How can our writers plug in?

For Atavist, writers pitch us stories like they would a magazine, and those that we assign, we pay a fee plus royalties. For Creatavist, anyone can use the tool to build and publish their story. It's free. You can even create a whole book and export the ebook files to sell on Kindle, Nook, etc. In the next couple of months, you'll be able to sell stories and books through us as well.

Are your editors looking for any kind of stories in particular?

For the Atavist,we're looking only for narrative nonfiction - and by "narrative," we mean something very particular, that story is driven by the narrative.  In other words, we don't care what topic the story is about so much (we've published on murders, heists, abortion clinics, and much more).  But the piece has to be driven by characters and events, not by the topic.  They should contain both tension and surprise.  A story about a mean who tried to circumnavigate the world by land and sea in an amphibious jeep?  That's for us.  A story about the growing use of surrogate mothers that is illustrated by a couple of characters? Not for us. We also publish memoir, which is of course inherently narrative, but we have a pretty high bar for how great/surprising/different the story needs to be in that case.

Thank you so much, Evan!  Next time you're in Boston, please visit Grub.  




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About the Author

Eve Bridburg is the Founder and Executive Director of GrubStreet. After leaving to work as a literary agent, Eve returned to GrubStreet in 2010. Under her leadership, the organization has grown into a national literary powerhouse known for artistic excellence, working to democratize the publishing pipeline and program innovation. An active partner to the Mayor’s Office of Arts and Culture, Eve was the driving force behind establishing the country’s first Literary Cultural District in downtown Boston and securing chapter 91 space in the Seaport to build a creative writing center. The Barr Foundation recently named her a 2019 Barr Fellow in recognition of her leadership. Having graduated from its inaugural class, Eve remains active with the National Arts Strategies Chief Executive Program, a consortium of 200 of the world’s top cultural leaders, which addresses the critical issues that face the arts and cultural sector worldwide. Eve has presented on the future of publishing, what it takes to build a literary arts center, and the intersection of arts and civics at numerous local and national conferences. Her essays and op-eds on publishing, the role of creative writing centers and the importance of the narrative arts have appeared in The Boston Globe, Huffington Post, Cognoscenti, Writer's Digest and TinHouse. Eve serves on the Advisory Board of The Loop Lab, a new Cambridge-based nonprofit dedicated to increasing representation in the Media Arts. Eve worked as a literary agent at The Zachary Shuster Harmsworth Literary Agency for five happy years where she developed, edited, and sold a wide variety of books to major publishers. Before starting GrubStreet, she attended Boston University’s Writing program on a teaching fellowship, farmed in Oregon, and ran an international bookstore in Prague.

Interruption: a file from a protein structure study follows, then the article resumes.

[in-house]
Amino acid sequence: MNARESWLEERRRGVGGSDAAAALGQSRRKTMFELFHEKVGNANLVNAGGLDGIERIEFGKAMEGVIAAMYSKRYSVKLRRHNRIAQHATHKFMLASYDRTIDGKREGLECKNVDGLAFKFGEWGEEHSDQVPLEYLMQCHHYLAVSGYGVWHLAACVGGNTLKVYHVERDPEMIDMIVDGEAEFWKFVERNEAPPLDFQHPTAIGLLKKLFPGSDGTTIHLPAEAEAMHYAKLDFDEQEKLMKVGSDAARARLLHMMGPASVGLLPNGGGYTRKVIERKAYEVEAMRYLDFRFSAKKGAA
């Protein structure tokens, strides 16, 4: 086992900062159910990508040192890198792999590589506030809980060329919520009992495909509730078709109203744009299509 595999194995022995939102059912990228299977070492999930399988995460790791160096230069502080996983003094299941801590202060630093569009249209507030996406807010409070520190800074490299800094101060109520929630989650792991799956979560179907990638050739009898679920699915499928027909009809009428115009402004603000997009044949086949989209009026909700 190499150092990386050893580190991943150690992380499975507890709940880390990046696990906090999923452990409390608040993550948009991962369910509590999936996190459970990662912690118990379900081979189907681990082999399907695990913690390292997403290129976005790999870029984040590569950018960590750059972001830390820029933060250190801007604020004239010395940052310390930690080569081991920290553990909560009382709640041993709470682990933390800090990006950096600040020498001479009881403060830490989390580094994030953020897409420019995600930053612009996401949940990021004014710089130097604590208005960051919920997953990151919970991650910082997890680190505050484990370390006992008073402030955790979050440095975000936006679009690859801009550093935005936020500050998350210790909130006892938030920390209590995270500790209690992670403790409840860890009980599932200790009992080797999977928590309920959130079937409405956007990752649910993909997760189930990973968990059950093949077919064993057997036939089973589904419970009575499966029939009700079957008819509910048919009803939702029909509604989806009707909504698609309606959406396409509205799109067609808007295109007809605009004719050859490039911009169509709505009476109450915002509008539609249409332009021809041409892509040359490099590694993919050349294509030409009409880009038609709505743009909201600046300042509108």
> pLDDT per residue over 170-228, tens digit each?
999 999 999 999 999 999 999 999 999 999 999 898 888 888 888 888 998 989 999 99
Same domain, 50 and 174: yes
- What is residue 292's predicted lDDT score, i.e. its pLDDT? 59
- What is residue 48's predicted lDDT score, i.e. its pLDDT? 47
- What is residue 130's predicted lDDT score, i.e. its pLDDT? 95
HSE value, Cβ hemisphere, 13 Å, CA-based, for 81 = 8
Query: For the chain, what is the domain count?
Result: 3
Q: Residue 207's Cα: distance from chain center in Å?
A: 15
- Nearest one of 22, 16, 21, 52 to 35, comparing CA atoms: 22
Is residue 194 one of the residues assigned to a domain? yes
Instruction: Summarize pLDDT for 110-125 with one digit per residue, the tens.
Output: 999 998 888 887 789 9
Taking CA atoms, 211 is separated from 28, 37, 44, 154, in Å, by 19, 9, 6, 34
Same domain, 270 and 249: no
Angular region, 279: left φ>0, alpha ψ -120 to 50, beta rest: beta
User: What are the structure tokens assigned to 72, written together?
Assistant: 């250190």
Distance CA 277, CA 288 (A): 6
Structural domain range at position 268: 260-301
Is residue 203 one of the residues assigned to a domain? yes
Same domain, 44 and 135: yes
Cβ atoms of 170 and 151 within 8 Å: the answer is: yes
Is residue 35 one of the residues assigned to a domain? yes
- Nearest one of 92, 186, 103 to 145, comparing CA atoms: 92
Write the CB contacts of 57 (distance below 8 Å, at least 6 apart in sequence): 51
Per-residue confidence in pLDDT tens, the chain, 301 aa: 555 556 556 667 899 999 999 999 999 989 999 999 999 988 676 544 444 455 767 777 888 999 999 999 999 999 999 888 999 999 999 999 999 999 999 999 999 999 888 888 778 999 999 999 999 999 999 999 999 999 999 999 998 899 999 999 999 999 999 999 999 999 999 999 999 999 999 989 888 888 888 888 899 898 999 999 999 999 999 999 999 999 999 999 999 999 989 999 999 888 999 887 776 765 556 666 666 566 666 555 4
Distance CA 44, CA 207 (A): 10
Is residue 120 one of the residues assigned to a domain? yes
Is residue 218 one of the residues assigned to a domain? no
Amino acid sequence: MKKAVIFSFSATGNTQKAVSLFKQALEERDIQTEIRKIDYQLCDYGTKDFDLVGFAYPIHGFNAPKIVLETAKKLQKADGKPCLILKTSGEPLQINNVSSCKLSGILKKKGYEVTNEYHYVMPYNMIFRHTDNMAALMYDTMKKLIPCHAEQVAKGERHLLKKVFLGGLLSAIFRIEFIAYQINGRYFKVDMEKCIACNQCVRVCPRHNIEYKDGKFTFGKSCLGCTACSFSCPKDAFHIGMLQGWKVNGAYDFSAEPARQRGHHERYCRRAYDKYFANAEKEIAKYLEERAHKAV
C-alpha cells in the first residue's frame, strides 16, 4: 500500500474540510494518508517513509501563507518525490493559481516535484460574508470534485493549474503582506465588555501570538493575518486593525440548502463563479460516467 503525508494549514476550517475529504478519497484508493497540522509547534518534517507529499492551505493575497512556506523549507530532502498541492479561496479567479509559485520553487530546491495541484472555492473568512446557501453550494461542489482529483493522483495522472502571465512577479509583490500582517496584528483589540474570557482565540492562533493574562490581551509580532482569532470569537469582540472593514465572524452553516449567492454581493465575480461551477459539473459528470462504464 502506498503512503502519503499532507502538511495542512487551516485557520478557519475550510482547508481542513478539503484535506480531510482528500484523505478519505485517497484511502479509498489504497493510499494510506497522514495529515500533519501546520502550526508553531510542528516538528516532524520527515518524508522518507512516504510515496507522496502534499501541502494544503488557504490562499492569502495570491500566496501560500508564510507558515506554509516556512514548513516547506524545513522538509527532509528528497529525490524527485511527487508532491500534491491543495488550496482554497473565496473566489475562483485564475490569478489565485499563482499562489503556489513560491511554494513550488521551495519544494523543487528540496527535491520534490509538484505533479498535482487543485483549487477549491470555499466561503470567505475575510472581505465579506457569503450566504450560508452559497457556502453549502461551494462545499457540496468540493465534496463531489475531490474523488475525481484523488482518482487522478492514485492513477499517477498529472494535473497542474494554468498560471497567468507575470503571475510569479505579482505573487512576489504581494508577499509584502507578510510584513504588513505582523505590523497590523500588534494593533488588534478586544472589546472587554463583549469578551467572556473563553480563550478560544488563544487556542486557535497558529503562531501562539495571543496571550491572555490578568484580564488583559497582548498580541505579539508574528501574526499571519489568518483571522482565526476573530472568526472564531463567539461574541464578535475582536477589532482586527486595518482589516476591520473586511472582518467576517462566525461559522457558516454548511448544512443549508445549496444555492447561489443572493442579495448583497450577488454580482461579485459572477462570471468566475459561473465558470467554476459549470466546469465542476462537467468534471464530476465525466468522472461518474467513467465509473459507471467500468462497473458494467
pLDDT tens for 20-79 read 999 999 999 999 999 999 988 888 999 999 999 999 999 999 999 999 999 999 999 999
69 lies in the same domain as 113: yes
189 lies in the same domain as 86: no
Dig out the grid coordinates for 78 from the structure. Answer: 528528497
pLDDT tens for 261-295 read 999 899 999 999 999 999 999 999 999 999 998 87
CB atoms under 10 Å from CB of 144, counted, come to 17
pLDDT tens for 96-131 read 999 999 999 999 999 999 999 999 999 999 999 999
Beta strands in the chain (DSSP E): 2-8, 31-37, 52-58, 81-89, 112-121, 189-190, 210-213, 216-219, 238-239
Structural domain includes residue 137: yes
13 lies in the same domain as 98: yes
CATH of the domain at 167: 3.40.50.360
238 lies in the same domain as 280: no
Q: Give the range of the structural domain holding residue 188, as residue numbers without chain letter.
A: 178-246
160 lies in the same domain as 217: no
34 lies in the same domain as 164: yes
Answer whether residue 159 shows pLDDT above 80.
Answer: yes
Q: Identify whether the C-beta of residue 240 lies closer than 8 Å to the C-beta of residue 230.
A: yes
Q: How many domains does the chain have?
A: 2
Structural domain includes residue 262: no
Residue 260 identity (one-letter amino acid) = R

See other articles by Eve Bridburg
by Eve Bridburg